Grounded Responding means a person knows how to respond to emotion fully. You understand that emotions are vital in a relationship, yet can be harmful when not kept in check. Before we consider what Grounded Responding looks like, we need to recognize what emotionally reacting looks like. When you think about someone emotionally reacting, likely images come to mind of someone overreacting. Overreacting involves unbalanced, untimely, or disproportionate responses to others.

Overreacting looks like this:

  • Explosive anger and/or having a “short fuse.”
  • Name-calling or using put-downs.
  • Refusing to collaborate with your partner when you feel hurt.
  • Going to pieces over little things.

Under-reacting is another kind of reaction that isn’t as obvious as overreacting. It is also more easily self-justified and used as the basis for contempt for an overreacting partner. Under-reacting is an attempt to avoid relational responsibility in difficult situations. It is equally as harmful as overreacting even if it may be more socially acceptable.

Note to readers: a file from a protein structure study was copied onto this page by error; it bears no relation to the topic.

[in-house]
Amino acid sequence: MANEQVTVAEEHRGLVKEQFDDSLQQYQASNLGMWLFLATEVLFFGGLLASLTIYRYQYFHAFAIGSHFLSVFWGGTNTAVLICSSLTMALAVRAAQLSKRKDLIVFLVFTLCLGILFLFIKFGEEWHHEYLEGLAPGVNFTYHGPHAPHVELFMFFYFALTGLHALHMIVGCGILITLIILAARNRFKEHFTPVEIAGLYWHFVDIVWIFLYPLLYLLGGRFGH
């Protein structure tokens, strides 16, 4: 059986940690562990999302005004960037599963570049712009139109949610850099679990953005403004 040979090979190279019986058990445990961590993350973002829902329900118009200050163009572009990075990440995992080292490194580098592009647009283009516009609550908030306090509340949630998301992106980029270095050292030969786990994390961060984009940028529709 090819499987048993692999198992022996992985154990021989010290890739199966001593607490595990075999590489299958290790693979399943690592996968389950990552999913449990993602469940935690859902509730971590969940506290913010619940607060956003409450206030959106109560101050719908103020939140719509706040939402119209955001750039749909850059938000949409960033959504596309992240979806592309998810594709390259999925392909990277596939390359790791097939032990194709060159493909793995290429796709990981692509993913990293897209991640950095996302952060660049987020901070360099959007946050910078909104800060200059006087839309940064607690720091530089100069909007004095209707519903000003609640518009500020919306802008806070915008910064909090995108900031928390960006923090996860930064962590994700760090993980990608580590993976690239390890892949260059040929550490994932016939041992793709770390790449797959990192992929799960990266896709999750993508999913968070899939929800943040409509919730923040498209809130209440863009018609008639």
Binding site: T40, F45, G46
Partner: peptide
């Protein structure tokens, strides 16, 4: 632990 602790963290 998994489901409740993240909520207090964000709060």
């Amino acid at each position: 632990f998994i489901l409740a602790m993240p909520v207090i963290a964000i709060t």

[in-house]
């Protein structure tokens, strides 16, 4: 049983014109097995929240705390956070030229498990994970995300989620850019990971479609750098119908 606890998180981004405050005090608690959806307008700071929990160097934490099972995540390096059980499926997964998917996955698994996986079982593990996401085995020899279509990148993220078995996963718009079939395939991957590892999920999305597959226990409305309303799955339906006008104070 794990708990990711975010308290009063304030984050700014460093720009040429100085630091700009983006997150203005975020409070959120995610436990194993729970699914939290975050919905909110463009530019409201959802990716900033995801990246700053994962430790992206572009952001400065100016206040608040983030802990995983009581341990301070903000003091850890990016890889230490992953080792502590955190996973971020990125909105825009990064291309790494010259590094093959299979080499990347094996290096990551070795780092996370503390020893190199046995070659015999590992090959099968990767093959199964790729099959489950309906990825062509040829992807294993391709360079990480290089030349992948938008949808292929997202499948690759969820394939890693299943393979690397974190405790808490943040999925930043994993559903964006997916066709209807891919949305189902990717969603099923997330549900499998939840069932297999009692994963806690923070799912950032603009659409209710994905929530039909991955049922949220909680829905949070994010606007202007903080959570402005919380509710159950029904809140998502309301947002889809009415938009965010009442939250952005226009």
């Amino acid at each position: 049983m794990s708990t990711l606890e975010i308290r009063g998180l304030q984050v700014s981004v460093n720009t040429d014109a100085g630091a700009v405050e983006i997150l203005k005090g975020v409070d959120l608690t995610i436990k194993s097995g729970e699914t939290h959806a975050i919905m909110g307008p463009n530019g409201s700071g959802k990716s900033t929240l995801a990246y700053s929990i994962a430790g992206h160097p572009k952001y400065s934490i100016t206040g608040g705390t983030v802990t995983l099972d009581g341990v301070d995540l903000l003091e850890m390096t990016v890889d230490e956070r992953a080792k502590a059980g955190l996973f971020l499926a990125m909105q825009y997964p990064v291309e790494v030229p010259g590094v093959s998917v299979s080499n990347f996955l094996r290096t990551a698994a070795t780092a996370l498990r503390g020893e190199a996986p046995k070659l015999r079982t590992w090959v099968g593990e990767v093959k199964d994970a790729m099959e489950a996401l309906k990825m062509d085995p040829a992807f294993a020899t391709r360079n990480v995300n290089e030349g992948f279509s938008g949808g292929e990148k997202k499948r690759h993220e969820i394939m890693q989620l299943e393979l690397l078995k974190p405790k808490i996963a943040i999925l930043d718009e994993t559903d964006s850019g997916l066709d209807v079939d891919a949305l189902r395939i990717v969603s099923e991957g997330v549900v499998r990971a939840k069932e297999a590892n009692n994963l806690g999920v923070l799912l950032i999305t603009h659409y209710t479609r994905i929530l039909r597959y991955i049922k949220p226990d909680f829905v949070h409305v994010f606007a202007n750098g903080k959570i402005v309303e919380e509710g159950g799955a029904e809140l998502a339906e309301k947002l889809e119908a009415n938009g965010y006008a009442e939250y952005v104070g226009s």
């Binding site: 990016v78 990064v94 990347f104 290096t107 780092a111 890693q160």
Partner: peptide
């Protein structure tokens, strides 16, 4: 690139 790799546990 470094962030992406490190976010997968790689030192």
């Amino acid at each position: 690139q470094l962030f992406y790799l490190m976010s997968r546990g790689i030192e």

Some examples of under-reacting:

  • You want something but you avoid asking for it because you’re afraid your partner won’t agree to it.
  • You don’t like what your partner says or how they say it, but you choose not to express your disagreement even while criticizing them in your mind.
  • Your partner does or says something hurtful and you decide not to confront them for fear of how they will react.
  • Your partner is engaging in harmful behavior but you say nothing because you don’t want to upset the status quo.

Learn to Make appropriate, modulated responses